Payal Dalal, VP for Centre for Inclusive Growth at Mastercard
Chetna Sinha, Founder and Chair, Mann Deshi Bank & Foundation
Emma Bickerstaffe, Advisor, The Big Issue Group
Pooja Warier Hamilton, Managing Partner, Impact Investing, The Conduit
In 2017, there were 1.7 billion adults globally who did not have access to basic finance or banking – a number of staggering scale.
While the situation is worst in developing countries such as India and Pakistan, the issue of financial inclusion is significant even in economic powers including China and the USA. The Conduit community gathered together to discuss what we really mean by the term ‘financial inclusion, the role of design thinking in creating access to financial services and what the developed world can learn from the initiatives springing up in emerging markets.
What does ‘financial inclusion’ mean and is the term still relevant?
‘Financial inclusion is an equation’, said Payal. ‘You can’t just take into account whether people have access to financial services, but also whether or not they have the capability to use them.’ She explained that, while there has been an increase in account registrations over the last few years, many of them are largely unused. ‘It’s like a gym membership: you might be registered at a gym but that doesn’t mean you’re physically fit or exercising every day.’
Emma named a lack of trust in the banking sector as a key barrier to financial access. ‘Over half of people in the UK without a bank account have actually had one before but have chosen to close it. Financial inclusion is all about teaching bankers to cater to the needs of different people.’
Chetna agreed, speaking to her own experience as the founder of a bank made for, and run by, women. ‘I had never thought of starting a bank, but I kept hearing from women who wanted to save.’ Through her work in rural communities, Chetna has learned that the less money you have, the more transactions you tend to make. ‘People tend to dismiss poorer individuals and assume that they have no need for financial services, but the demand is there. Bankers need to listen to, and serve the needs of, their clients.’
Fintech: a useful tool or a magic wand?
There are currently around 7,000 fintech companies emerging globally and in the first half of 2018, global investment in fintech companies hit $57.9 billion. But are any of these companies creating greater financial access for the ‘unbanked’, or are they simply providing slicker solutions for those with existing financial privileges?
While Payal believes that fintech is ‘absolutely changing the game’ when it comes to financial inclusion, referencing the impact of initiatives like e-wallets in Uganda, Emma was more reserved. “Fintech companies like Monzo may want to tackle financial exclusion, but they’re not necessarily best placed to do so”, she said. “First they have to establish a sustainable business model and build up brand trust. When dealing with vulnerable people, you have to prove that your business is reliable.” Partnerships can be a useful way of winning consumers’ trust, especially those with organisations that already have a relationship with vulnerable groups, such as The Big Issue.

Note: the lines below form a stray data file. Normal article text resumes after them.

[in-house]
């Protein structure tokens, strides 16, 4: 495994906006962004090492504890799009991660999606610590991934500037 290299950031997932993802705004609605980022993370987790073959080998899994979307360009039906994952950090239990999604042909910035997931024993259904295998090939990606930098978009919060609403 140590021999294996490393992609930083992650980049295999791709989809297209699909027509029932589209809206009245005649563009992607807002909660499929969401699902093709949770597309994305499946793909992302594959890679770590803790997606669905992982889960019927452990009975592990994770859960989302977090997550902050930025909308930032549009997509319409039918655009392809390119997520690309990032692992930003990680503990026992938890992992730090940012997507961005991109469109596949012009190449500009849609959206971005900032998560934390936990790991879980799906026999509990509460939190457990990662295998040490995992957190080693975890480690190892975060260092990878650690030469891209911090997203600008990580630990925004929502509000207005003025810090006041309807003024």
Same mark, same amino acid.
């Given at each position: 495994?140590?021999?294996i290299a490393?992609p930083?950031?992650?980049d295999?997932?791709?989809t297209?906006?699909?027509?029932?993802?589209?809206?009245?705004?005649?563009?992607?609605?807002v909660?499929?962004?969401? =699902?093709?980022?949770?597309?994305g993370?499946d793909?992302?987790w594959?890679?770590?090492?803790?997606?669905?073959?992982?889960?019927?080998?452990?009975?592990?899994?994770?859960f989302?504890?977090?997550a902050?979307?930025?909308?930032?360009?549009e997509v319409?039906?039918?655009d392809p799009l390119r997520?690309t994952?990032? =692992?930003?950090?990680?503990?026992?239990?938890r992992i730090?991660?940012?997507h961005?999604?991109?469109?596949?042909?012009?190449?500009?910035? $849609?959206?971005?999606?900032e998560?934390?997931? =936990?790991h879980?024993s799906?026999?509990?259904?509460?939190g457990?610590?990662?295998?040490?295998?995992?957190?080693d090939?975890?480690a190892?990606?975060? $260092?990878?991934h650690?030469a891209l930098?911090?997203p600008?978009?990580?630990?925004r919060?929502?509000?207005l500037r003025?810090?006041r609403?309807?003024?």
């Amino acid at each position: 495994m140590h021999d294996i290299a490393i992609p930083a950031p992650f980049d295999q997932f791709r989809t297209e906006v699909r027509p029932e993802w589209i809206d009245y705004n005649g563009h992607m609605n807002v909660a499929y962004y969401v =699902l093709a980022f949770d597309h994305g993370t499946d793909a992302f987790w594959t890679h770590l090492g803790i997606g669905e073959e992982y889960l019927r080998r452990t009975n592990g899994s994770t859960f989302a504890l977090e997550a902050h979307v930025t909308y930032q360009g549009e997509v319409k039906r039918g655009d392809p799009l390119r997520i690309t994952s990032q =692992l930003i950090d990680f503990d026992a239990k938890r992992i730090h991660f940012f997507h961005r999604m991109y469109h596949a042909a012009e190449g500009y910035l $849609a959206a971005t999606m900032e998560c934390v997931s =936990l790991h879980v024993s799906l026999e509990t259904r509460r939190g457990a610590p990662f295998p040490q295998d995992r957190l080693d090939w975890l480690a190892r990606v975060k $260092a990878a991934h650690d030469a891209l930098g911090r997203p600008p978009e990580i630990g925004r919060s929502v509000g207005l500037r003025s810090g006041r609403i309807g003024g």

Pooja echoed Emma’s remarks, emphasising that, in the pursuit of technology, we can’t forget the needs of the people we’re trying to support. “Fintech is just the tool; inclusion is the end goal.”
What role can design thinking play in a more inclusive financial future?
The legacy infrastructure in the UK banking system means that we’re lagging behind many developing markets in terms of agility and struggle to implement any kind of design thinking”, stated Emma. “Regulation has really slowed us down. We need to put pressure on traditional banks to challenge their thinking.”
But what does design thinking in banking really look like? “First you think about how people live their lives and the behaviours they use to get around red tape. Then you think: ‘how do we digitise that?’ It creates a completely different type of product.”
Payal agreed. “At the Centre for Inclusive Growth, we started with traditional models like workshops, but quickly realised that the entrepreneurs we were targeting didn’t have time to come. Then we started sending trainers directly to entrepreneurs, but it became clear that wasn’t scalable.” Now Payal and her team are looking at digitised models of learning, such as chatbots. “You have to think about customers’ actual needs and desires.”
Where do developing economies fit in? They are embracing design thinking more quickly and successfully than developed countries, said Chetna, as well as paving the way for a more inclusive future by paying greater attention to small businesses and micro-economies. “Many of my female clients are more creative than established bankers, because they aren’t held back by traditional and limiting beliefs.”
She explained how a female vendor at a local market sparked the idea for one of her bank’s financial products. “I saw that, although she was saving money with us, she was borrowing from a loan shark and paying high interest, instead of taking loans from the bank.” When Chetna asked why, the woman told her that she was aware that the interest was high, but that the bank’s loan was much more difficult to get. “It wasn’t about ignorance; it was about need.” Inspired by this encounter, Chetna and her team developed a product based around the cash flow support the vendor required.
“I’ve learned that those who want to use a bank will pay for the interest and the technology, because it will still cost them less overall than their current financial habits. Don’t provide poor solutions to poor people. They are smart and they know what they need.”
Gains in financial inclusion, gains for a sustainable world
7 billion adults worldwide do not have access to a bank account
Monzo on financial inclusion